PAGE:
The greatest advice in history may have been the recommendation Henny Youngman fielded from his sketchy doctor: “I told my doctor, ‘Doc, I’m in agony! It hurts every time I do this,’” the king of one-liners says in one of his routines, flapping his hand like a damp dishrag. “How do I stop the pain?
“The doctor says, ‘Stop doing that.’”
That admonition comes to mind as the industry tries to end the big hurt that’s been dropped on the business by a sudden and still unexplained change in consumer spending. Theories for the downturn abound. Indeed, this issue of Restaurant Business includes proof that many consumers have been frightened by a presidential election right out of a Marx Brothers movie, and are slipping into a more conservative spending mode.
Another piece of research, from Bank of America Merrill Lynch, shows a direct correlation between restaurant traffic and the widening gap between foodservice and supermarket prices. The numbers support a thesis that the dramatic economic advantages of cooking at home are convincing Joe and Suzy Average to hesitate before dining out.
Both assertions are bull’s-eyes, but they’re overcomplications of the yellow light customers see when they scan a restaurant menu. It’s bright enough to warrant sunglasses, but the industry doesn’t notice because this time it’s the frog in the pot. Little by little, restaurants have turned up their pricing, to the point where an everyday meal carries a special occasion price. Beers selling for $8. Entrees in a place with foosball and flat-screen TVs going for $22. Sides for $8. Desserts priced at what a whole meal might’ve cost at a bar-and-grill restaurant pre-Great Recession.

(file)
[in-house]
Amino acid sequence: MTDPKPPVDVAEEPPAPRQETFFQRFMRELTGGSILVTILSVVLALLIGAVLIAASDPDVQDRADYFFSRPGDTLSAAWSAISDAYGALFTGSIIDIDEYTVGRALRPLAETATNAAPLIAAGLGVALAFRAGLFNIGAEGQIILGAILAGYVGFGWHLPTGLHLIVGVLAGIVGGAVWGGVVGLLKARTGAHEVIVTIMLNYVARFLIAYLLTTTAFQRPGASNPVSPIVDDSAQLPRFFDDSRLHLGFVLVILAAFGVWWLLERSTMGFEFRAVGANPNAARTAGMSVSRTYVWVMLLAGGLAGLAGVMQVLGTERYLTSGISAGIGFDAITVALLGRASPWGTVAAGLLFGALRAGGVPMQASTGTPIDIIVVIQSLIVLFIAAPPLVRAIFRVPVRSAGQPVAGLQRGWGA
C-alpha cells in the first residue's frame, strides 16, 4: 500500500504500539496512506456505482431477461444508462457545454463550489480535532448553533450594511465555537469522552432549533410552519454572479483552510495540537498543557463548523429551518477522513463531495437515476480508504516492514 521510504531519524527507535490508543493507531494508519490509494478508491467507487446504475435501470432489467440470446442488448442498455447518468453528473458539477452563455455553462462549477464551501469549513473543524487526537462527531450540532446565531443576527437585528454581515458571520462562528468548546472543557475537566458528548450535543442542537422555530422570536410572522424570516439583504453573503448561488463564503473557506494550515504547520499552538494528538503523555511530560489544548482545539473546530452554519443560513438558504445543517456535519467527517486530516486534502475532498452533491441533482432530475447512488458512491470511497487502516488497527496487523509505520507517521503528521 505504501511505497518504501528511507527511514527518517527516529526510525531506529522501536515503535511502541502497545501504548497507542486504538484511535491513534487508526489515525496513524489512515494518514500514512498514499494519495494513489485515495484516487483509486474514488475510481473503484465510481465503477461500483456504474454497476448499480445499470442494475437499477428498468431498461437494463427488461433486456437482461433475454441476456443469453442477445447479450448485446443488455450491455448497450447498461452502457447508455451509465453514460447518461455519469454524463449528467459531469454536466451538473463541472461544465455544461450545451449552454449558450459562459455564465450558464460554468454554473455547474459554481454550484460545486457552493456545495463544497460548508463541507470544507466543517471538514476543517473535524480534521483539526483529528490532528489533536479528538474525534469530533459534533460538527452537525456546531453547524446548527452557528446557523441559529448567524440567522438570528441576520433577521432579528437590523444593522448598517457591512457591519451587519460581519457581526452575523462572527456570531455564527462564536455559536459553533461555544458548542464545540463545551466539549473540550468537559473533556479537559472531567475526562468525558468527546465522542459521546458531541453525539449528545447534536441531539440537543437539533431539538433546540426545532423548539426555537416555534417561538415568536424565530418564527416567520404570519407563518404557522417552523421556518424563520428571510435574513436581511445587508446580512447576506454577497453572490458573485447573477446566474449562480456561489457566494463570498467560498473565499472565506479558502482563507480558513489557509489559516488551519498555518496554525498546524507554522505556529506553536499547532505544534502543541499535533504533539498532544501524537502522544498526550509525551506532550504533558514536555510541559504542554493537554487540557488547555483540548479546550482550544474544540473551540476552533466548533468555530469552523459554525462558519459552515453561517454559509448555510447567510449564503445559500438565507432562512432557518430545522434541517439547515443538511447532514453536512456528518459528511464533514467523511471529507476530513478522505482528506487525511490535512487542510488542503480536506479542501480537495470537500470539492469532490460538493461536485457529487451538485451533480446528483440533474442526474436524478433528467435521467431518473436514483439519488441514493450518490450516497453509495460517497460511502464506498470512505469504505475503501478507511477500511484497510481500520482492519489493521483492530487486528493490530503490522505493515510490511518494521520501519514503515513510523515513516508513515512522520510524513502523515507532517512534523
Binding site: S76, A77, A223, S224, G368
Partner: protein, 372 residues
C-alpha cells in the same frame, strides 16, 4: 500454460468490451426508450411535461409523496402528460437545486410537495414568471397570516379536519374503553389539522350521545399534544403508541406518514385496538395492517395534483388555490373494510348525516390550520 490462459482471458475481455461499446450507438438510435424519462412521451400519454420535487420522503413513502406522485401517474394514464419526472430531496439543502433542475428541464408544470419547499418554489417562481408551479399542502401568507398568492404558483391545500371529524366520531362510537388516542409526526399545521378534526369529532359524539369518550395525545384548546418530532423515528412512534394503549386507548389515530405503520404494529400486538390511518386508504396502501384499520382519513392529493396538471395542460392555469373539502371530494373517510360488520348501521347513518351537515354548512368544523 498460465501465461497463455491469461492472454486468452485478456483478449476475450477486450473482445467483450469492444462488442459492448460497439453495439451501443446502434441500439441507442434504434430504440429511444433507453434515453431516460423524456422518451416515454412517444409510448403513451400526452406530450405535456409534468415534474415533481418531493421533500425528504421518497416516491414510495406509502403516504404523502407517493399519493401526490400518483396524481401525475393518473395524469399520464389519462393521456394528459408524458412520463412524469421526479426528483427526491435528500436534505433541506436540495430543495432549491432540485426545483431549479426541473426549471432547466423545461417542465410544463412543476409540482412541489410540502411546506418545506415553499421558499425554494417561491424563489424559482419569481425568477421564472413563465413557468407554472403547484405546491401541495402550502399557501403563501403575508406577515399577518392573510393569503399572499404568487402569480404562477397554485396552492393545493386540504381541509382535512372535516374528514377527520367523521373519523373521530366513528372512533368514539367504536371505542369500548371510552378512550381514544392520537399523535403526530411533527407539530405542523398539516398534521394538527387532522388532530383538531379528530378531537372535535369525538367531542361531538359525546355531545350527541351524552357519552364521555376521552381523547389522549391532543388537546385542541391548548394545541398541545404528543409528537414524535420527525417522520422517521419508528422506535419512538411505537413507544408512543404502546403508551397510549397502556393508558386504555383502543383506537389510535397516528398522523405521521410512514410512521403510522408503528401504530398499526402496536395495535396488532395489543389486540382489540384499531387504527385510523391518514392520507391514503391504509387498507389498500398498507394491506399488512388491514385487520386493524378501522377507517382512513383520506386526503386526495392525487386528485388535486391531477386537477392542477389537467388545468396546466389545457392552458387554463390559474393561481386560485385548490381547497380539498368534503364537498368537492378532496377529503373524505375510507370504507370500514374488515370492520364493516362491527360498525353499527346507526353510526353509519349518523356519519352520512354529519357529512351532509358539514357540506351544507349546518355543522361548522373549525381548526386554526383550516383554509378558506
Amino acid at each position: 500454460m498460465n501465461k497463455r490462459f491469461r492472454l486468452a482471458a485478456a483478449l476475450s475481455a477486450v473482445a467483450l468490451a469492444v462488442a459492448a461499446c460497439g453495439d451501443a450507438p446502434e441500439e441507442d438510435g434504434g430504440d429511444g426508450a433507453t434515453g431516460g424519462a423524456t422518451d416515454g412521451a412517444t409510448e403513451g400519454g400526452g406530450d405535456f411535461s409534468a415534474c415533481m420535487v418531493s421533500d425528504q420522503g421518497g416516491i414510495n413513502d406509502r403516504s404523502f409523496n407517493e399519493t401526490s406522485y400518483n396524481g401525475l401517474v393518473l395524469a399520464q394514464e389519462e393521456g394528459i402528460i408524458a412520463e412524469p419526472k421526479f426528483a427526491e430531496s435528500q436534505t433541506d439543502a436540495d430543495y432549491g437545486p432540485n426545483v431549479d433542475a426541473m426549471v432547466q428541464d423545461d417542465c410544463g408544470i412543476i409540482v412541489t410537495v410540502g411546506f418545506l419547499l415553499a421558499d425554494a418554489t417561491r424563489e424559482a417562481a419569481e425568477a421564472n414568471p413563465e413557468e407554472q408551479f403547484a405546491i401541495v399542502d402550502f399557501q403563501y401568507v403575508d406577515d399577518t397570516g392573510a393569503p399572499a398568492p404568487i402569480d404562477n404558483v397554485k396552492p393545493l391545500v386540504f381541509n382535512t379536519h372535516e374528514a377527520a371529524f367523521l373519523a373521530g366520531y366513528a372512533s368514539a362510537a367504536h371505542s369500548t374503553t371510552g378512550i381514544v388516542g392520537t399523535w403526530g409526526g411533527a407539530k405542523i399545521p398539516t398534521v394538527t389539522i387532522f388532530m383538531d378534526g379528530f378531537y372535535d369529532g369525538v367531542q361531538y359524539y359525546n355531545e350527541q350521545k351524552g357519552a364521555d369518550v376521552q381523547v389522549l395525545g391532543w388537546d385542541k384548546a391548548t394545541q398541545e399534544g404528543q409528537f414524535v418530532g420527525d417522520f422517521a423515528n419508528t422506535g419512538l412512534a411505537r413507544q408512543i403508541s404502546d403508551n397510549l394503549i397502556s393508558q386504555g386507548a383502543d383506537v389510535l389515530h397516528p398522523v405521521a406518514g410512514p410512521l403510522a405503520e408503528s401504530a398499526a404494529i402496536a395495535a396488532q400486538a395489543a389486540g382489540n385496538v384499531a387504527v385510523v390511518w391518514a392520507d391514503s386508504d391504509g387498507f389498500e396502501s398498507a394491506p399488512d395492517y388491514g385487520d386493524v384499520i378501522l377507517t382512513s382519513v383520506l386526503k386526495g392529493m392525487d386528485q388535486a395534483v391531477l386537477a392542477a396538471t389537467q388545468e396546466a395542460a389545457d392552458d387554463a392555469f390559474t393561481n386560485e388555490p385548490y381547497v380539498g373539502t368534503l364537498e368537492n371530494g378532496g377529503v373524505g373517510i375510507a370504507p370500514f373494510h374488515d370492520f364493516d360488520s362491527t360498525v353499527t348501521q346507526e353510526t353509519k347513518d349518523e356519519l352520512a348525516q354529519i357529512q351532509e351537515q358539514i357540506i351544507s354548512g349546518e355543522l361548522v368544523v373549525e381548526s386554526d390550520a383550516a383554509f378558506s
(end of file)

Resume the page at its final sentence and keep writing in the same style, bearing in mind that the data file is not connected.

Operators have forgotten that the modern restaurant industry was built on everyday affordability—a top-shelf meal at a painless price. The difference between what customers would spend to cook and how much they’ll pay for a restaurant visit is less important than the absolute tab. If a steak cost $50 at the supermarket, a restaurant version for $50.10 would still bomb. The inner gauge says, “Nope. A luxury.”
That explains why high-end chain restaurants—the places that cater to businesspeople on expense accounts—have fared much better than the full-service herd. It’s also why convenience stores are by all accounts scoring big gains in luring bargain hunters. Who wouldn’t pop for two hot dogs for a dollar?
Sure, chains have responded with near loss-leader pricing on some items. But those options can come across as cheap rather than a good value. It’s like offering a cubic zirconia as a replacement for a diamond. Yeah, it’s less expensive, but who wants second rate?
The industry has to ratchet back its prices by developing products that feature wholesome but dirt-cheap components. Ideally, they’re something that consumers wouldn’t prepare for themselves. The french fry is a perfect restaurant food—cheap to buy, but something the home cook isn’t likely to try. Ditto for soft drinks. Or guacamole. Or pizza.
The business needs a new burrito, Bloomin’ Onion, nachos, slider or chicken finger.
As for raising prices, maybe Youngman’s doctor should double as an economist. As he would say: Stop doing that.